My daughter is a lover of all things pencil, pen and crayon. I mentioned a few weeks ago that she’s been using “big girl pencils.” Her pencil box is beginning to burst with the interesting pencils therein, and I thought it might be time to write some grown-up reviews of them.
I know that pencils such as these are really meant for smaller hands, but perhaps as a Dad, I feel a little less ridiculous owning fat pencils meant for kids. My First Ticonderoga is a surprisingly good pencil, especially given Dixon’s few years of disappointments.
My first experience with this pencil was when I was brainstorming a project at work — before stay-at-home-daddom began early in 2011. I filled several pages with large, garish letters and barely put a dent in the point. One of the reasons that I like pencils (in general) is that sometimes, only large and thick letters will do. A lot of pens that can produce letters like this bleed, feather or otherwise make a mess (the medium Sharpie Pen and Pilot G2 Bold are notable exceptions, along with the relatively new Bic Cristal Bold). Very soft art pencils can produce such lines. But they tend to smear and dull quickly. Enter large-diameter pencils.
The My First Dixon pencil is a smooth writer, reminding me of a combination of the newer/softer Chinese leads from Dixon and the last generation of leads in their American pencils from 7-8 years ago. Sure, these beasts are difficult to use in Field Notes, but on large-format paper, they glide and seem to almost yell with large block letters. The shape and size make this pencil very comfortable to write with. It feels much larger than it is, in a good way. The finish is pretty good, especially compared to other pencils in this price range, and the eraser is what we’ve come to expect from Dixon — I like them, but I know some Comrades do not.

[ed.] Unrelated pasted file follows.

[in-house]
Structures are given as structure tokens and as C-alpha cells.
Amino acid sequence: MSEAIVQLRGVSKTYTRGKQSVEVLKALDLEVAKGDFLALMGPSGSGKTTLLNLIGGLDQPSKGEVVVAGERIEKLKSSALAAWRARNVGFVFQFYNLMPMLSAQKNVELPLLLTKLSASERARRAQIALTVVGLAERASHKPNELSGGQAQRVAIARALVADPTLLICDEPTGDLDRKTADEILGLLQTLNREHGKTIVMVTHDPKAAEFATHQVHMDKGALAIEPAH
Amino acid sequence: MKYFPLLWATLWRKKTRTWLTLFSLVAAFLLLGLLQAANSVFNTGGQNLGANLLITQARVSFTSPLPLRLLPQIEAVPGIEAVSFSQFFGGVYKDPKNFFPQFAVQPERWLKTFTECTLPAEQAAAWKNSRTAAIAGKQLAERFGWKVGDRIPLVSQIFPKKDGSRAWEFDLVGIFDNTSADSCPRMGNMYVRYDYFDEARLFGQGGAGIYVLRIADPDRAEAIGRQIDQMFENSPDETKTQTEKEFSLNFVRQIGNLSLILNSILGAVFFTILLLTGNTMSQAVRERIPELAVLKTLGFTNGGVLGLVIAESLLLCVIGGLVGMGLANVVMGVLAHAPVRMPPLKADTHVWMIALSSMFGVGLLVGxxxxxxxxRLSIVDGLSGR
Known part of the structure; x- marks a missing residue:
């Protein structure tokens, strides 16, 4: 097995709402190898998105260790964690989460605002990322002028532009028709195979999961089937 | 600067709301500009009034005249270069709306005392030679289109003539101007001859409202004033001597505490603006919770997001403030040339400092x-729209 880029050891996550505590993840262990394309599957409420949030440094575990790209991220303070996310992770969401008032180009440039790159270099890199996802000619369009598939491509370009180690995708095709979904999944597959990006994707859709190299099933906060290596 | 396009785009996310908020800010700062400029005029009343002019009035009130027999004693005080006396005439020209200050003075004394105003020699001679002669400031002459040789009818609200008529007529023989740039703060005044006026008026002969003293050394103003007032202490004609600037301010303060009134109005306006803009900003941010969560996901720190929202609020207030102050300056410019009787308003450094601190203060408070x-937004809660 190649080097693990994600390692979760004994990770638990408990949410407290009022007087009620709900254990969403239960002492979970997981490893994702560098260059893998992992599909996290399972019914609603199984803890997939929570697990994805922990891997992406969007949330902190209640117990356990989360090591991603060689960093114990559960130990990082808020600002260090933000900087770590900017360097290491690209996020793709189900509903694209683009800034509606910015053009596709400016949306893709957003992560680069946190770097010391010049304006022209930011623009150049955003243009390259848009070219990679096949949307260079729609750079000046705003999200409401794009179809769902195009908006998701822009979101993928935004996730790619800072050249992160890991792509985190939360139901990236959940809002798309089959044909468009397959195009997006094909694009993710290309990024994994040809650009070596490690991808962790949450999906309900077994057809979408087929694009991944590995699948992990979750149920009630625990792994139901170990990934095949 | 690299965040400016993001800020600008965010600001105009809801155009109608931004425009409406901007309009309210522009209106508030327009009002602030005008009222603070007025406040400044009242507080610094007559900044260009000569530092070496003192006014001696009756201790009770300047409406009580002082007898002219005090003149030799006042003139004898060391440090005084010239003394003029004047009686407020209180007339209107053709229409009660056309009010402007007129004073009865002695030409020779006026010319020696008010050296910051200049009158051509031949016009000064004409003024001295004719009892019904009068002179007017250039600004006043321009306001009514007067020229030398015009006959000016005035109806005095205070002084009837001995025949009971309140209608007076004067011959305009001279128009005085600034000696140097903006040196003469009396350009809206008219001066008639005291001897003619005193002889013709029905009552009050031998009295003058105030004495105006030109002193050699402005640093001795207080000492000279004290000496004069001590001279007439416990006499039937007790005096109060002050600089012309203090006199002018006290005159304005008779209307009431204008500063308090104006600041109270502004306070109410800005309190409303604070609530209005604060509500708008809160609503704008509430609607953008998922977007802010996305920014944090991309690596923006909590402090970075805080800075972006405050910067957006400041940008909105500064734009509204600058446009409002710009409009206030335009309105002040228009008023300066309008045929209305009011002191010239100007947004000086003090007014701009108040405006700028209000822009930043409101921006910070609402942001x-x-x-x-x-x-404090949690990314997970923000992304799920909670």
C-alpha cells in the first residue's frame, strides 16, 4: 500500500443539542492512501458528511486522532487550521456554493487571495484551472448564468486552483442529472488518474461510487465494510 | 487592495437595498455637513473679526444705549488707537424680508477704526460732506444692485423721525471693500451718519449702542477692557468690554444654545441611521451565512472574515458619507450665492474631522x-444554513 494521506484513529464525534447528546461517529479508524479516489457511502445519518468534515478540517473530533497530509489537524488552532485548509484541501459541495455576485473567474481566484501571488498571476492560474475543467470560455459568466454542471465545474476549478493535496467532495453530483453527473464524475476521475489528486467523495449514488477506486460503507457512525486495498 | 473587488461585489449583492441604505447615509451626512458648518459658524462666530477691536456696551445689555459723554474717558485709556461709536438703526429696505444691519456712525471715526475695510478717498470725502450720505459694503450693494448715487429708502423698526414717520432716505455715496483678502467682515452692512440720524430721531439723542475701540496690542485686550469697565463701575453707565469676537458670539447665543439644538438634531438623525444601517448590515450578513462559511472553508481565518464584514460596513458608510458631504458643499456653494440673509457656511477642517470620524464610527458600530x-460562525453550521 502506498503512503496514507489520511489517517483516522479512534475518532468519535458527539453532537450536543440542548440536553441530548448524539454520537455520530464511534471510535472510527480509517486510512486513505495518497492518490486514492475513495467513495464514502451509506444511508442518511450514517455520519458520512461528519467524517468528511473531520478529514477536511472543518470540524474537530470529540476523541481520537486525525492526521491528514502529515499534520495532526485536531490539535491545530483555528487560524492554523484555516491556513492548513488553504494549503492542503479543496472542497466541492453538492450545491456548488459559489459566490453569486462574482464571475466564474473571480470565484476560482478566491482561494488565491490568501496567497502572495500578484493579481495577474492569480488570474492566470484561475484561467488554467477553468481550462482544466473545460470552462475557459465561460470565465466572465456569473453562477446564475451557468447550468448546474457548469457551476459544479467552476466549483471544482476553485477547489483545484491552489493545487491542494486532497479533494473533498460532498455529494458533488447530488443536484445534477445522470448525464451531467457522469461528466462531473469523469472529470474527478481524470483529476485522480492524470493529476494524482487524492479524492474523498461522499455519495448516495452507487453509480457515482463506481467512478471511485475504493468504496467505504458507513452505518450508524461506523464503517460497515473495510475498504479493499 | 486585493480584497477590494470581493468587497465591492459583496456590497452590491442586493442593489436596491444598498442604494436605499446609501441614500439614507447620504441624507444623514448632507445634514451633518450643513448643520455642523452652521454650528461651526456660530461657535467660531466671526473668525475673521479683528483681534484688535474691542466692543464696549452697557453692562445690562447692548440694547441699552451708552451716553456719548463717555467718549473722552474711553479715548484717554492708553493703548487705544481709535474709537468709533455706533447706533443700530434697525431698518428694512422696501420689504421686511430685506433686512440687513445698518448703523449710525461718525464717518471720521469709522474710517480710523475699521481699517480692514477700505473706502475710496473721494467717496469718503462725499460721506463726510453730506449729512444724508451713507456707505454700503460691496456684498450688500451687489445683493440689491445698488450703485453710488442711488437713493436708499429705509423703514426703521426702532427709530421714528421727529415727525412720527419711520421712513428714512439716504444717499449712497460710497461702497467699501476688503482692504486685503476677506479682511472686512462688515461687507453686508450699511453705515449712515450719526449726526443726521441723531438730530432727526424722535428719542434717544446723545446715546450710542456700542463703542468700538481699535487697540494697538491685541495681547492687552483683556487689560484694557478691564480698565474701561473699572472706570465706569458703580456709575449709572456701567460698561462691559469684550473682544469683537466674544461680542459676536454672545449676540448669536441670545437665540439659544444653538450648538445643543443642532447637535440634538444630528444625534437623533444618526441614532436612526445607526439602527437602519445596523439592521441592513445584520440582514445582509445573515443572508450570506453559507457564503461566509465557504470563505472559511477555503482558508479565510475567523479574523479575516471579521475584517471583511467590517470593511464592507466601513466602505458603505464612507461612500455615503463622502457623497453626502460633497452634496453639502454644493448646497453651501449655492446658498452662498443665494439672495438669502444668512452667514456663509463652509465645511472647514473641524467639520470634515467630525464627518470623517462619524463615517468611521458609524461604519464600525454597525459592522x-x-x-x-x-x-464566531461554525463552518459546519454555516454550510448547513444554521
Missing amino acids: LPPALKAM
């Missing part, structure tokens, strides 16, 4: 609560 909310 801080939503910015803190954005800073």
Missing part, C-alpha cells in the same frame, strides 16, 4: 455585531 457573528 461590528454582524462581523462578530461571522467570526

The secret about this pencil that I have found lately is that they are superb for sketching! With their size and relative softness, they easily feel like a light 4B. If one puts a long point on the pencil, the thick core allows for a variety of line thicknesses with a single sharpening, through angling the pencil. And they are pretty inexpensive and easy to find. (I’d venture that this is the easiest kid’s pencil to find in the US, since they are at Walmart, Target, drugstores, etc.)
There are some quality issues. At least 1/3 of the MFT pencils I’ve seen have off-center leads, some pretty badly so. Some of paint is often chipping/pealing around the ferrule, but this is honestly better than the regular diameter Dixons coming from the facility in Mexico where these are also made (the Chinese stock is much better, in my opinion).
These are certainly interesting enough, affordable enough, and easy enough to find to try out if you happen across them. At the very least, they make an excellent addition to the pencil cup, for times Comrades might want their words to scream on the paper.